The payday lending industry has enjoyed meteoric growth in the past couple of decades. From virtually no payday lending stores in the early- to mid-1990s, it has grown to more than 20,000 outlets today. These payday lending facilities extend about $38.5 billion in short-term credit to 19 million American households a year.
The payday lending industry’s success has been accompanied by a backlash from politicians, consumer groups and many journalists who accuse the industry of taking advantage of vulnerable individuals and targeting certain populations in order to extract their wealth. The result is that regulation of payday lending has grown almost as fast as the industry itself.
The industry responds to its critics by saying that it provides a needed service to people underserved by banks and credit unions, allowing them access to credit they would not otherwise have so that they may make it through periods of financial difficulty. Who is right? On closer inspection, many of the criticisms of the payday lending industry turn out to be based on myths:
- Payday Lending Myth #1: Excessive Fees. Critics note that typical payday loan fees range from $15 to $30 per $100 loaned over a two-week term. If one were to project the costs out over a one-year period, would translate to an APR of 390 percent to 780 percent. However, it simply does not make sense to project payday loans out over a whole year when they are intended to be repaid in two weeks. What’s more, the short-term alternatives to payday loans – like overdrafts, bounced checks, late credit card payments, and utility reconnect fees – will often prove even more costly.
- Payday Lending Myth #2: The Debt Trap. Critics charge that payday lending companies trap their customers in a cycle of debt. This is contradicted by empirical evidence, however, which suggests that payday lending bans result in worse outcomes for consumers – in the form of more bounced checks, increased rates of bankruptcy, and so on. Ultimately, the debt cycle theory seems to get the causality of payday lending behavior backwards: people use payday loan services because they face financial emergencies, not the other way around.
- Payday Lending Myth #3: Lenders Target the Poor and Minorities. The evidence suggests that while payday lenders are more likely to locate in markets with relatively low household incomes, they are not more likely (after controlling for income) to locate in markets with disproportionate minority populations. To the extent that payday lenders do aim their services at those with low incomes, this may be: (a) an effort to tap an underserved market; and (b) a reflection of the fact that payday customers tend to be those in financial distress. In other words, there is a greater need and natural customer base for payday lending in relatively low income areas.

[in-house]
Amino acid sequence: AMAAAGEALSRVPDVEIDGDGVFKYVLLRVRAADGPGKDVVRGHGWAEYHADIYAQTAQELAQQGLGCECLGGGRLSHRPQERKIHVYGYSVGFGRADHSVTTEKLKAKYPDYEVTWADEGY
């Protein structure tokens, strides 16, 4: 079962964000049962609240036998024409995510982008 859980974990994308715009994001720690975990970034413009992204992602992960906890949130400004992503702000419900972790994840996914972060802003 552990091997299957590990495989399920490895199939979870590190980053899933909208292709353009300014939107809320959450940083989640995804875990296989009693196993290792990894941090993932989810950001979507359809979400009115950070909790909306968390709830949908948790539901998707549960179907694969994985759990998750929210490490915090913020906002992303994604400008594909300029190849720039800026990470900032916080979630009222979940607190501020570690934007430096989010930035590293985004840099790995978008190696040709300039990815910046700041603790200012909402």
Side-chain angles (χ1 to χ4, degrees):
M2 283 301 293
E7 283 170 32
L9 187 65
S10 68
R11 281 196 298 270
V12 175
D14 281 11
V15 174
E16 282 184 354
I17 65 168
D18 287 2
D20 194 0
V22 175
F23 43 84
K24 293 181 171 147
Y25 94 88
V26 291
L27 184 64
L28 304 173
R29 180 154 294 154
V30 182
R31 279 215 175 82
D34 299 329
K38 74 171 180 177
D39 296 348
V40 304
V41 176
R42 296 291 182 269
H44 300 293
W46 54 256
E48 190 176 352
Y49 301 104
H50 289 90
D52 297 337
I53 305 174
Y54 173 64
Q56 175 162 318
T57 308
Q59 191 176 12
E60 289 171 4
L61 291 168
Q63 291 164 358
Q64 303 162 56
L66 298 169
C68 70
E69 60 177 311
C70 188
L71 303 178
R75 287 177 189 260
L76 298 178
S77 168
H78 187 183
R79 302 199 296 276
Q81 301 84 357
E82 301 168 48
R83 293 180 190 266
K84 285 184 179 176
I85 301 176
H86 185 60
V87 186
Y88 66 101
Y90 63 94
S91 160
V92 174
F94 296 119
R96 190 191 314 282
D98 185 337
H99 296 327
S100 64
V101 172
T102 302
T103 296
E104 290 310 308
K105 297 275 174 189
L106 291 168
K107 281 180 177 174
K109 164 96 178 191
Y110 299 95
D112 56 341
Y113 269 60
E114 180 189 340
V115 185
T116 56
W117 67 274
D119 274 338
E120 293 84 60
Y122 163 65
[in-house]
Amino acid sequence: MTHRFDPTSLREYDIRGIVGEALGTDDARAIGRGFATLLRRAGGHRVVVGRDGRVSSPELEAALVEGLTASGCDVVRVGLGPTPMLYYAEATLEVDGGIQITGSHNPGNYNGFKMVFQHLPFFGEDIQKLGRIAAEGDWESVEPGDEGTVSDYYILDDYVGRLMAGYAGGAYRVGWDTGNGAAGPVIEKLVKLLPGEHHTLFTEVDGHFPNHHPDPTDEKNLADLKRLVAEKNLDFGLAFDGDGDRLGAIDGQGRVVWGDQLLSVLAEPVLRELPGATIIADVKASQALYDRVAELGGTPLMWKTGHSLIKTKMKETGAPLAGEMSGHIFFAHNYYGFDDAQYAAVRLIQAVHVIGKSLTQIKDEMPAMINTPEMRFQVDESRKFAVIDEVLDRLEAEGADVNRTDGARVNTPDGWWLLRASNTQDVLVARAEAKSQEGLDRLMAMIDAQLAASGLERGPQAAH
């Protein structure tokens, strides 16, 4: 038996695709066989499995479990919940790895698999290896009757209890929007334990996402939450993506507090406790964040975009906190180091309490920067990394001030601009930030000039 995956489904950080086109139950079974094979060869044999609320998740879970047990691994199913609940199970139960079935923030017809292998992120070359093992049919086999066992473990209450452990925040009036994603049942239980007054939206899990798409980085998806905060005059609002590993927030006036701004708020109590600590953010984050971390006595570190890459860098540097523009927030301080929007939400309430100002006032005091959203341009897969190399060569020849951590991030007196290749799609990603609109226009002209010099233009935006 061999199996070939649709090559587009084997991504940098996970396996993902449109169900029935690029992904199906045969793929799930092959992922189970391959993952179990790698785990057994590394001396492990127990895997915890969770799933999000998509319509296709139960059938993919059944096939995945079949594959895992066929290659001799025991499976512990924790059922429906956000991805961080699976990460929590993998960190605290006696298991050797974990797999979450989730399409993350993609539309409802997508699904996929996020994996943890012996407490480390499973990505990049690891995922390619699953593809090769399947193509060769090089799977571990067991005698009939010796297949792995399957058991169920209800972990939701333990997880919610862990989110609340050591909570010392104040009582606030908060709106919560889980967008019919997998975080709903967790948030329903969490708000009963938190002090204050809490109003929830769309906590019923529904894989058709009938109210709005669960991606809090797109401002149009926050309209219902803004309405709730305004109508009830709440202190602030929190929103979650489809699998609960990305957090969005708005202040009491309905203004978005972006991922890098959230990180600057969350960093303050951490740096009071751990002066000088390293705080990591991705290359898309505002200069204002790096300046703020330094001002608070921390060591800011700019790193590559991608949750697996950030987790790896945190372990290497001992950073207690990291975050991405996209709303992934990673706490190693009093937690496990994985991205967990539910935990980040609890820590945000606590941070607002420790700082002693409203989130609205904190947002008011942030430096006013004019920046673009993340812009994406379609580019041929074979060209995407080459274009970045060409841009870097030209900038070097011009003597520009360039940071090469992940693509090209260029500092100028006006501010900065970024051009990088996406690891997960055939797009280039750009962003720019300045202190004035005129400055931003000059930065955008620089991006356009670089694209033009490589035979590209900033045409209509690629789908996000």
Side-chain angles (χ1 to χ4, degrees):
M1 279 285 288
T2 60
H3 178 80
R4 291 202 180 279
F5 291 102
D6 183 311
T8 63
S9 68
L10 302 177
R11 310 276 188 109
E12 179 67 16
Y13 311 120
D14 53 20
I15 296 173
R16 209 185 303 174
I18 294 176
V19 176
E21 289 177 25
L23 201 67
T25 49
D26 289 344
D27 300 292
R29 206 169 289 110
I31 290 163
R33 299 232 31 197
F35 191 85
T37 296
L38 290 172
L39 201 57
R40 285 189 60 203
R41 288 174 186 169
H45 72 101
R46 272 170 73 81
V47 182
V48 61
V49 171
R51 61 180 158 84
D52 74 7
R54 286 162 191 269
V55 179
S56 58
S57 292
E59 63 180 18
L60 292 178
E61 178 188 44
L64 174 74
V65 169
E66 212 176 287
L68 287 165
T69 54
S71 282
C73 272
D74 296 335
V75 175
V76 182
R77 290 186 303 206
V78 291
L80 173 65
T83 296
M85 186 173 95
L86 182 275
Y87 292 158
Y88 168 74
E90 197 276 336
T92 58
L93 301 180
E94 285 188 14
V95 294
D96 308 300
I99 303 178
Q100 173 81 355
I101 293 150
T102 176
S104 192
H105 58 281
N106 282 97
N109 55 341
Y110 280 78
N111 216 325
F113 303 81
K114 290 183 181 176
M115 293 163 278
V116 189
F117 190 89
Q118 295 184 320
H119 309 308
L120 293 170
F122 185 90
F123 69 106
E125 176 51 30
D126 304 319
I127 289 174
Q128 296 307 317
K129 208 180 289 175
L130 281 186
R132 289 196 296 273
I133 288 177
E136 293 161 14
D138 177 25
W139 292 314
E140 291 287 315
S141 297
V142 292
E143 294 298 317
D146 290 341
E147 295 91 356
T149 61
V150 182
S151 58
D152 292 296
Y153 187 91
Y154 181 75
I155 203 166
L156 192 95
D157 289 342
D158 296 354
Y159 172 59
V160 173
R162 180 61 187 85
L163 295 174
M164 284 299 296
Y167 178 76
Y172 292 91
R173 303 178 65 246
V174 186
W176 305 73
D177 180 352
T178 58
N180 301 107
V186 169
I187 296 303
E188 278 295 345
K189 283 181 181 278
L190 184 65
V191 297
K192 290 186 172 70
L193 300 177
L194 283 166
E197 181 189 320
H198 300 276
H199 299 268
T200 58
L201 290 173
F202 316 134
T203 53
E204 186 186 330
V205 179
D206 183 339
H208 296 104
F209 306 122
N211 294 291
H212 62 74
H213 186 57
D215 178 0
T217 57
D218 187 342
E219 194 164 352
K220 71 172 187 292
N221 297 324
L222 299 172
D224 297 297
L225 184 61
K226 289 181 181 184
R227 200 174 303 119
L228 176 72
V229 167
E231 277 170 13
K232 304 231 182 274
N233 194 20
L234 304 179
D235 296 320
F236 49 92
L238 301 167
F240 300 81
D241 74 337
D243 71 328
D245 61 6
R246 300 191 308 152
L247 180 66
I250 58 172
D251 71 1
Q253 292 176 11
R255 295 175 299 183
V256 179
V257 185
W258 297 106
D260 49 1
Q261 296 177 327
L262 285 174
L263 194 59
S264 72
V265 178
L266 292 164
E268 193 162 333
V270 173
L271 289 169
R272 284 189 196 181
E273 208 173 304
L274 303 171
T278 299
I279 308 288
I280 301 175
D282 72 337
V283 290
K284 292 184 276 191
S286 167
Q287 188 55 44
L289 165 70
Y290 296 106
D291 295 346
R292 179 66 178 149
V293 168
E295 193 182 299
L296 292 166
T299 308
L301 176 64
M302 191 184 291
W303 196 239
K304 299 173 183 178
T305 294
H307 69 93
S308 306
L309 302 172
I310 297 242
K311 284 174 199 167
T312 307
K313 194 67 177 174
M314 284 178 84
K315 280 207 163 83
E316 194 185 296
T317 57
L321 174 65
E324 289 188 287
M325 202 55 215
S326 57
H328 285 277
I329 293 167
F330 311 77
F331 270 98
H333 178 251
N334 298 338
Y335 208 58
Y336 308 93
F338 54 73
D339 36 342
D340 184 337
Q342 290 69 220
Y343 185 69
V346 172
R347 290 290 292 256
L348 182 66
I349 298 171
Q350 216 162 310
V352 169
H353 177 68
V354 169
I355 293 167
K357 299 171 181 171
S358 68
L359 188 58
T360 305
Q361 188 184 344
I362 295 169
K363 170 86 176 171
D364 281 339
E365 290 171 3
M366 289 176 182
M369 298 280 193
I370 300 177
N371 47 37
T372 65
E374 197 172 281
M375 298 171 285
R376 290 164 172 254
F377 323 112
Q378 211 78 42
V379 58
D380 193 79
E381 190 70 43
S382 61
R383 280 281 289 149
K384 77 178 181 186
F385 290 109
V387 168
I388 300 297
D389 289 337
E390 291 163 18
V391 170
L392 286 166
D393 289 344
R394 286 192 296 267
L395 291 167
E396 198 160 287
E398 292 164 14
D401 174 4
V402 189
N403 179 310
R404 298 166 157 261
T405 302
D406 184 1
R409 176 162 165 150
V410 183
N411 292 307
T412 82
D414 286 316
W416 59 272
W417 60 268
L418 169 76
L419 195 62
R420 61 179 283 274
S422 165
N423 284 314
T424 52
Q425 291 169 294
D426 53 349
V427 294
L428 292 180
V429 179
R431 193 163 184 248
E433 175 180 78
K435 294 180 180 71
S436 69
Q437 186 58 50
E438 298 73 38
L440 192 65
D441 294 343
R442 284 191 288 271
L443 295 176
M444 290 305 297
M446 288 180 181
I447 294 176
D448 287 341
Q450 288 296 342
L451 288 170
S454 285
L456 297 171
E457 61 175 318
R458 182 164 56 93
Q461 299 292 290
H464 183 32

- Payday Lending Myth #4: Most Consumers Want More Protection from Payday Lenders. Survey data suggests that a significant majority of payday lending customers are satisfied with the service they receive. Meanwhile, state regulators report very few complaints about payday lenders.
Moreover, the evidence shows that payday lending offers many benefits to consumers:
- Greater Consumer Welfare. Payday loans allow consumers to better weather short-term financial difficulties, avoid bankruptcies and bounce fewer checks.
- Increased Access to Credit. Payday loans offer access to credit to those who might not be able to obtain it from other sources such as banks, credit unions or credit cards.
- Transparency. Payday loan terms are displayed prominently in stores for all to see, so customers do not have to parse hundreds of pages of legalese in bank/checking account terms to determine how much the fees will be and when and how they will be assessed.
- Cost. Payday loans frequently offer cheaper rates and better terms than alternate options, such as bank overdraft/bounced check fees, credit card late fees, utility late/reconnect fees, pawn shops, auto title lenders and rent-to-own businesses.
- Better Than Alternatives. Payday loans may be preferable for other reasons, such as allowing borrowers to avoid skipping medical visits, having utilities shut off, resorting to dangerous loan sharks, or enduring embarrassment and potential conflict from borrowing from friends or relatives.
Ultimately, consumers have already rendered their verdict: they believe they benefit from the option of payday loans. So instead of restricting or eliminating payday lending markets through regulation, policymakers should seek to open them up to competition by repealing payday lending bans and regulations. The goal should be to maximize consumer choice and minimize the cost of short-term loan transactions. This will benefit economic growth generally and short-term borrowers in particular.